At home and in the Pacific
New Zealand is serious about addressing climate change at home and in the neighbouring Pacific Islands.
We're taking action to reduce our own greenhouse gas emissions to meet our international climate change obligations.
Domestic policy on climate change is set by Ministers, and managed by the Ministry for the Environment.
We support climate action in developing countries
New Zealand is committed to supporting climate change action in developing countries. We are delivering on our commitment of providing $200 million in climate-related support to developing countries for 2015-2019. This support is being delivered through:
- bilateral development assistance
- Pacific regional organisations with a core focus on climate change, and
- multilateral organisations and programmes with a strategic focus on climate change (including the UNFCCC, World Bank, Asian Development Bank and UNDP).
New Zealand has significantly increased its Official Development Assistance funding over 2019-2022. A major focus for this new funding will be to help Pacific countries to reduce their vulnerability to the impacts of climate change and to build climate resilience, as well as to meet their emissions targets.
New Zealand delivers the majority of our climate-related support as part of our bilateral assistance managed through the New Zealand Aid Programme. We primarily deliver our climate-related support as part of activities designed to achieve sustainable, inclusive and resilient development that meet the aspirations and needs of our partner countries.
New Zealand has also contributed $3 million to the Green Climate Fund over its initial funding period 2015-2018. In announcing our contribution, we emphasised the Fund needs to deliver on its promise to support practical and effective outcomes in small island developing states, which for us means a focus on the Pacific.
Priority regions and projects
Our climate-related assistance focuses on supporting activities in the small island developing states in the Pacific. This is a region where the needs for climate-related assistance are great, and where New Zealand has the relationships and experience to make a practical difference.
We also provide climate-related support bilaterally to Africa, the Caribbean, and Association of Southeast Asian Nations (ASEAN) partner countries – mostly for geothermal energy and disaster risk management.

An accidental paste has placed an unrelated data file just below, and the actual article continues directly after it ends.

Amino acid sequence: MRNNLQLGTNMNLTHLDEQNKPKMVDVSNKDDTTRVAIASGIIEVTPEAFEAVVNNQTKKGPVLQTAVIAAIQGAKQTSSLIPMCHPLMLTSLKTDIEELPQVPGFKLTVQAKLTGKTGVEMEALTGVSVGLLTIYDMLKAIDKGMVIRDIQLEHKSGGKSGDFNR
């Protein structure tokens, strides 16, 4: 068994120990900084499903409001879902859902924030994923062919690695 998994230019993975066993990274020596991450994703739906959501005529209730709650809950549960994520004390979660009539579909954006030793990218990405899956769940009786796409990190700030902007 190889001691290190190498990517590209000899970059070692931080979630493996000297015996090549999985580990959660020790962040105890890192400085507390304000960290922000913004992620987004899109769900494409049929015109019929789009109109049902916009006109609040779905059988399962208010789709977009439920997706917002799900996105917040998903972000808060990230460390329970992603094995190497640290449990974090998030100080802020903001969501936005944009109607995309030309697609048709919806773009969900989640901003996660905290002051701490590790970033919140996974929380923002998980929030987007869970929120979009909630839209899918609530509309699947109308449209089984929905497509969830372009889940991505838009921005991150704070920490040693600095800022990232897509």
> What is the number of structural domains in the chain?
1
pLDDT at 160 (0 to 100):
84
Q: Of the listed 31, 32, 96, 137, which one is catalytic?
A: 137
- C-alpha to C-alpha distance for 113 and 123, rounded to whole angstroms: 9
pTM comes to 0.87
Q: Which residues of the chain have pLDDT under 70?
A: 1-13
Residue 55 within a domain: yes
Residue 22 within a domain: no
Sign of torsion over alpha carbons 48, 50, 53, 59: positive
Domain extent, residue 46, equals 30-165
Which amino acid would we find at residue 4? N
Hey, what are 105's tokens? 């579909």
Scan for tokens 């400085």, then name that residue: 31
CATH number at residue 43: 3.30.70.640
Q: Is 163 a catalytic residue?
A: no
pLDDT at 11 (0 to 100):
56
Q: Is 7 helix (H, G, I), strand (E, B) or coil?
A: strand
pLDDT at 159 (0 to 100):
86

We prioritise climate-related support to projects where climate outcomes are a co-benefit to achieving sustainable development objectives. We build stronger and more resilient infrastructure, and strengthening disaster preparedness. We also support low-carbon economic growth in the Pacific region, including through our significant contribution to improving access to clean, efficient and affordable energy. We support low emissions and climate resilient agricultural development, including through the work of the Global Research Alliance on Agricultural Greenhouse Gases.
In 2010 we joined other developed countries under the UNFCCC in committing to a goal of mobilising US$100 billion a year by 2020 to support climate change action by developing countries. The $100 billion target is a collective one, from public and private sources.
The Paris Agreement extends this goal to 2025 and urges developed countries to scale-up their level of support and provide a roadmap to achieve the US$100 billion goal.
The Roadmap increases predictability and transparency about how the US$100 billion goal will be reached, and sets out the actions developed countries will take to meet it.
The Paris Agreement creates an expectation on all countries to use public finance and policy interventions to encourage investment in ‘green’ technologies and sustainable development and business. This will be key to achieving the Paris Agreement’s broader goal (under Article 2(1)(c)) of all finance flows being low carbon and climate resilient.
New Zealand has already taken concrete action to mobilise finance flows at scale in support of climate action and the renewable energy targets in the Pacific. For example, we have co-hosted with the European Union two international conferences (in 2013 and 2016) which between them have now mobilised more than $NZ2 billion for renewable energy projects in the Pacific.